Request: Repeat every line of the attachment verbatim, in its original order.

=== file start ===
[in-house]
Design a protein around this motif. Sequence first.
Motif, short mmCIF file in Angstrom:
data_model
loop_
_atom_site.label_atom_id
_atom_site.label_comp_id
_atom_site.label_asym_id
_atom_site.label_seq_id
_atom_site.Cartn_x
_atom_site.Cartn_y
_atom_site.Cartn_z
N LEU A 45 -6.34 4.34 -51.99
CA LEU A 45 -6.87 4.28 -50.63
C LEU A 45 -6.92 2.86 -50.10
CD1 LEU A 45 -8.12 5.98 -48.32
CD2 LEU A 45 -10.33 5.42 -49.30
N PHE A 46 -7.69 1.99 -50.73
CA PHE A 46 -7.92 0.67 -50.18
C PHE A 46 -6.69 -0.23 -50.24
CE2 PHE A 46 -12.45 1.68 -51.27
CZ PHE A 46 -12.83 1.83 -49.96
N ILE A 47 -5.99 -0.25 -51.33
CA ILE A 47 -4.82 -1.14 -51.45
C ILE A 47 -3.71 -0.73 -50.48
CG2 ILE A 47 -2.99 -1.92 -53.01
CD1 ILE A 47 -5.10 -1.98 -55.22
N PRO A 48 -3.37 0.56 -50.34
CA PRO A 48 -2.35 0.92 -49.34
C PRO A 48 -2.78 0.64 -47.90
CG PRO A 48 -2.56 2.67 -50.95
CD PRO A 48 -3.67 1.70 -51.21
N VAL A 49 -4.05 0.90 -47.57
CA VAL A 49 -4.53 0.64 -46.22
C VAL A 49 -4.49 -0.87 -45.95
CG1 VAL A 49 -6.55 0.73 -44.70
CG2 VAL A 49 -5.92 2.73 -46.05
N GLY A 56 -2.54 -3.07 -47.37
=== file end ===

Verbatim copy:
[in-house]
Design a protein around this motif. Sequence first.
Motif, short mmCIF file in Angstrom:
data_model
loop_
_atom_site.label_atom_id
_atom_site.label_comp_id
_atom_site.label_asym_id
_atom_site.label_seq_id
_atom_site.Cartn_x
_atom_site.Cartn_y
_atom_site.Cartn_z
N LEU A 45 -6.34 4.34 -51.99
CA LEU A 45 -6.87 4.28 -50.63
C LEU A 45 -6.92 2.86 -50.10
CD1 LEU A 45 -8.12 5.98 -48.32
CD2 LEU A 45 -10.33 5.42 -49.30
N PHE A 46 -7.69 1.99 -50.73
CA PHE A 46 -7.92 0.67 -50.18
C PHE A 46 -6.69 -0.23 -50.24
CE2 PHE A 46 -12.45 1.68 -51.27
CZ PHE A 46 -12.83 1.83 -49.96
N ILE A 47 -5.99 -0.25 -51.33
CA ILE A 47 -4.82 -1.14 -51.45
C ILE A 47 -3.71 -0.73 -50.48
CG2 ILE A 47 -2.99 -1.92 -53.01
CD1 ILE A 47 -5.10 -1.98 -55.22
N PRO A 48 -3.37 0.56 -50.34
CA PRO A 48 -2.35 0.92 -49.34
C PRO A 48 -2.78 0.64 -47.90
CG PRO A 48 -2.56 2.67 -50.95
CD PRO A 48 -3.67 1.70 -51.21
N VAL A 49 -4.05 0.90 -47.57
CA VAL A 49 -4.53 0.64 -46.22
C VAL A 49 -4.49 -0.87 -45.95
CG1 VAL A 49 -6.55 0.73 -44.70
CG2 VAL A 49 -5.92 2.73 -46.05
N GLY A 56 -2.54 -3.07 -47.37